Furthermore, a significantly higher proportion of asthmatic children were born to mothers who took any OTC medication (all classes included) during lactation (4.8% vs. 0%), went to private schools (17.8% vs. 6.8%), and were delivered by C-section (57.9% vs. 45.7%). Finally, a higher proportion of children with asthma had a positive family history of asthma, eczema, allergic rhinitis, and allergy (Table 2).

Table 2 Bivariate analysis of factors associated with asthma diagnosis.

Variable Healthy Diagnosed asthma Pearson chi-square P-value
Intake of any medication during pregnancy 157 (17.6%) 65 (60.7%) 103.085 <0.001
Intake of drug in pregnancy trimester 7.686 0.053
First 16 (10.2%) 11 (16.9%)
Second 30 (19.1%) 17 (26.2%)
Third 11 (7.0%) 0 (0.0%)
All trimesters 100 (63.7%) 37 (56.9%)
Paracetamol intake during pregnancy 295.318 <0.001
Never or occasionally 702 (78.6%) 41 (38.3%)
Once per month 122 (13.7%) 9 (8.4%)
One to three times per month 20 (2.2%) 34 (31.8%)
Once per week 2 (1.9%) 41 (4.6%)
Two to Four times per week or more 8 (0.9%) 21 (19.6%)
Ibuprofen intake during pregnancy 41.422 <0.001
Never or occasionally 830 (92.9%) 91 (85.0%)
Once per month or more 41 (4.7%) 2 (2.2%)
One to three times per month 17 (1.9%) 14 (13.1%)
Once per week or more 5 (0.6%) 0 (0%)
Propranolol intake during pregnancy 2.946 0.099
Never or occasionally 869 (97.3%) 107 (100.0%)
Once per month or more 24 (2.7%) 0 (0.0%)
Acetylsalicylic acid intake during pregnancy 205.422 <0.001
Never or occasionally 891 (99.8%) 82 (76.6%)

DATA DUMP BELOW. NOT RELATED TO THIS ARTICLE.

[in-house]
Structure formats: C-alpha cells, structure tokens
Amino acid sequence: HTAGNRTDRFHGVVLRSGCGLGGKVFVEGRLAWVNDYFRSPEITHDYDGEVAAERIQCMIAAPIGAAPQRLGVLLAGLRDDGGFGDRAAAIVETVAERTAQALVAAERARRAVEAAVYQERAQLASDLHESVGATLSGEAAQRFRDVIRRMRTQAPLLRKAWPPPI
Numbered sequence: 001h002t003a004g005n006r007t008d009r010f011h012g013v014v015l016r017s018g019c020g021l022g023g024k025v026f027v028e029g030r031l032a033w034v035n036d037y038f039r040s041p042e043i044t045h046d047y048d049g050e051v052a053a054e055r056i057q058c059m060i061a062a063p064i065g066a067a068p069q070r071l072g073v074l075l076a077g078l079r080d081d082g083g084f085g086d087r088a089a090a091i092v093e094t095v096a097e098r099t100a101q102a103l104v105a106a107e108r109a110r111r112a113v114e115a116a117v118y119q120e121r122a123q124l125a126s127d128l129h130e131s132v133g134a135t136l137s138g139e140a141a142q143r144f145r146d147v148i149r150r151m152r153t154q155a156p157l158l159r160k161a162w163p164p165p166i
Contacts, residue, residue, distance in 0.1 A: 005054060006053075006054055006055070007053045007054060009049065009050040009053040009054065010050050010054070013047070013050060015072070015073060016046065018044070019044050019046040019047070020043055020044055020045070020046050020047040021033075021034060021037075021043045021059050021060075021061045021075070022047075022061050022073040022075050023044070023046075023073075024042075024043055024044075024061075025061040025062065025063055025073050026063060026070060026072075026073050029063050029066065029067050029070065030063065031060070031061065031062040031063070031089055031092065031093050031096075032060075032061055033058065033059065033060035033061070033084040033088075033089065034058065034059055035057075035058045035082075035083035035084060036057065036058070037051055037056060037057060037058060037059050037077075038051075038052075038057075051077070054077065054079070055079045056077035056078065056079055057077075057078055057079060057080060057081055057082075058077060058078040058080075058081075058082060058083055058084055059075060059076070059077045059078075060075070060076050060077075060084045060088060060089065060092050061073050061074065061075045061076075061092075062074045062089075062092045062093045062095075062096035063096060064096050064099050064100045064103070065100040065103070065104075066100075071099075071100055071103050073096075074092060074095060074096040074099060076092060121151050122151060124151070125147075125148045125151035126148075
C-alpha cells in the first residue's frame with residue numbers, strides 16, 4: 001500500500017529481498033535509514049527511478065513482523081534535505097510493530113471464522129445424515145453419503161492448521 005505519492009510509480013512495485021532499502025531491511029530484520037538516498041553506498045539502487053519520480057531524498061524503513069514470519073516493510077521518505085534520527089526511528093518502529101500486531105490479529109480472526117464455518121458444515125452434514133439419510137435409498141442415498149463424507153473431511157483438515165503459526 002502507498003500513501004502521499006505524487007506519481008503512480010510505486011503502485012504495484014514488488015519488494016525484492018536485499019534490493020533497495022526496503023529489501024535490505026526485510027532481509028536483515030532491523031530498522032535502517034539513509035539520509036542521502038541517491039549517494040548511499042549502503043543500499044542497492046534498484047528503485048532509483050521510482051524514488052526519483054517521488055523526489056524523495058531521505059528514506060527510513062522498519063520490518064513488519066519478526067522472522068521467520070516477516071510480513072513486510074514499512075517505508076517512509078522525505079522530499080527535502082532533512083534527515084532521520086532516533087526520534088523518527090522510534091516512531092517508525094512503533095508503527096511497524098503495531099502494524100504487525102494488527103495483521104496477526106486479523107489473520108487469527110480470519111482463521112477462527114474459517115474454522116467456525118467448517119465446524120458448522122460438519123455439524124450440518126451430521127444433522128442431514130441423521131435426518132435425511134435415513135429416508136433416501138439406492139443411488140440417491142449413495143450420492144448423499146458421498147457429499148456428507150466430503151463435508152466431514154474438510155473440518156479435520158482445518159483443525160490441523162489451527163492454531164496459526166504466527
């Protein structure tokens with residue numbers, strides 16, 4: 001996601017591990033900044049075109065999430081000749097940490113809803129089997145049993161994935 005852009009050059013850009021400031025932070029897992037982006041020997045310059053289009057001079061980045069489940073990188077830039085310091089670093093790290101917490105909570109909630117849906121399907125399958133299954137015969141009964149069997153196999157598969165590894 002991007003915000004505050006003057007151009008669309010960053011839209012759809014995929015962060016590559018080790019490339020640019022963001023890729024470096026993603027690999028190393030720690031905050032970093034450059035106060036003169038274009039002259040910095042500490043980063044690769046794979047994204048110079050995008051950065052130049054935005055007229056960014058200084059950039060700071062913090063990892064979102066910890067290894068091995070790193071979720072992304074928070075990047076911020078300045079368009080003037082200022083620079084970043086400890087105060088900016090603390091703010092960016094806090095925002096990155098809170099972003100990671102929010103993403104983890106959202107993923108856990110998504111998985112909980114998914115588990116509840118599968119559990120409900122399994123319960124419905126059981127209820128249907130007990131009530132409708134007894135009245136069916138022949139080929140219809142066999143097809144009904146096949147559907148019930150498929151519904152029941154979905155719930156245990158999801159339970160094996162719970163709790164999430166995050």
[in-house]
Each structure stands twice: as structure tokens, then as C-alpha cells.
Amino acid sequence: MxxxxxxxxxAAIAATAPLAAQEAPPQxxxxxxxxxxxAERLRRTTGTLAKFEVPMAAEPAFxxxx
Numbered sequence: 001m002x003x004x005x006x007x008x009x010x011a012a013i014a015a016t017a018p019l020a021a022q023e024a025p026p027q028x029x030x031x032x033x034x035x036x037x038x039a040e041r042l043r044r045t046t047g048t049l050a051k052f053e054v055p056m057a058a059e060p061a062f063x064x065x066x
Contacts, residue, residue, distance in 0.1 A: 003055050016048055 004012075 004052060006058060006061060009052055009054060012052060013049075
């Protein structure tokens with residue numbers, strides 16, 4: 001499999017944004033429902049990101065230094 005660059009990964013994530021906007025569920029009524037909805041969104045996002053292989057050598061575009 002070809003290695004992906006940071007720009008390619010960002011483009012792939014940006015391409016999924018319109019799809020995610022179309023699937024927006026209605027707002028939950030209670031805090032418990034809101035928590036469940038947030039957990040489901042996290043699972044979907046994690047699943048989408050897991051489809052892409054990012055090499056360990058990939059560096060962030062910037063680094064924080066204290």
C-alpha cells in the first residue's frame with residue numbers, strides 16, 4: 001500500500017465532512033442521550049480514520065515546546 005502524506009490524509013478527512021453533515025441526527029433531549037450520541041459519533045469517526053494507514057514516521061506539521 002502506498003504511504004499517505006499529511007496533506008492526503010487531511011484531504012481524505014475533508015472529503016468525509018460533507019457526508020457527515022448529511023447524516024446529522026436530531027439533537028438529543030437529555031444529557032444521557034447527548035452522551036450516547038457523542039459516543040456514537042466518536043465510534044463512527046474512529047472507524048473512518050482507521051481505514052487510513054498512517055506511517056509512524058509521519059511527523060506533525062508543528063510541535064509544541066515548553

Once per month or more 0 (0.0%) 25 (23.4%)
Amoxicillin/clavulanic Acid intake during pregnancy 258.355 <0.001
Never or occasionally 889 (99.6%) 75 (70.1%)
Once per month 0 (0.0%) 20 (18.7%)
One to three times per month 0 (0.0%) 9 (8.4%)
Once per week or more 4 (0.4%) 3 (2.8%)
Vitamin C intake during pregnancy 66.647 <0.001
Never or occasionally 766 (85.8) 74 (69.2)
Once per month 27 (3.0) 3 (2.8)
One to three times per month 0 (0.0) 2 (1.9)
Once per week 43 (4.8) 7 (6.5)
Two to four times per week 34 (3.8) 21 (19.6)
More than five times per week 23 (2.6) 0 (0.0)
Fish oil intake during pregnancy 1.825 0.177
Never or occasionally 878 (98.3%) 107 (100.0)
Once per month or more 15 (1.7%)
Probiotics intake during pregnancy 0 (0.0%) 2.196 0.138
Never or occasionally 875 (98.0) 107 (100.0%)
Once per month or more 18 (2.0%) 0 (0.0%)
Proton pump inhibitors intake during pregnancy 174.056 <0.001
Never or occasionally 868 (97.2%) 81 (75.7%)
Once per month or more 125 (2.8%) 26 (24.3%)
Vitamin D intake during pregnancy 29.687 0.996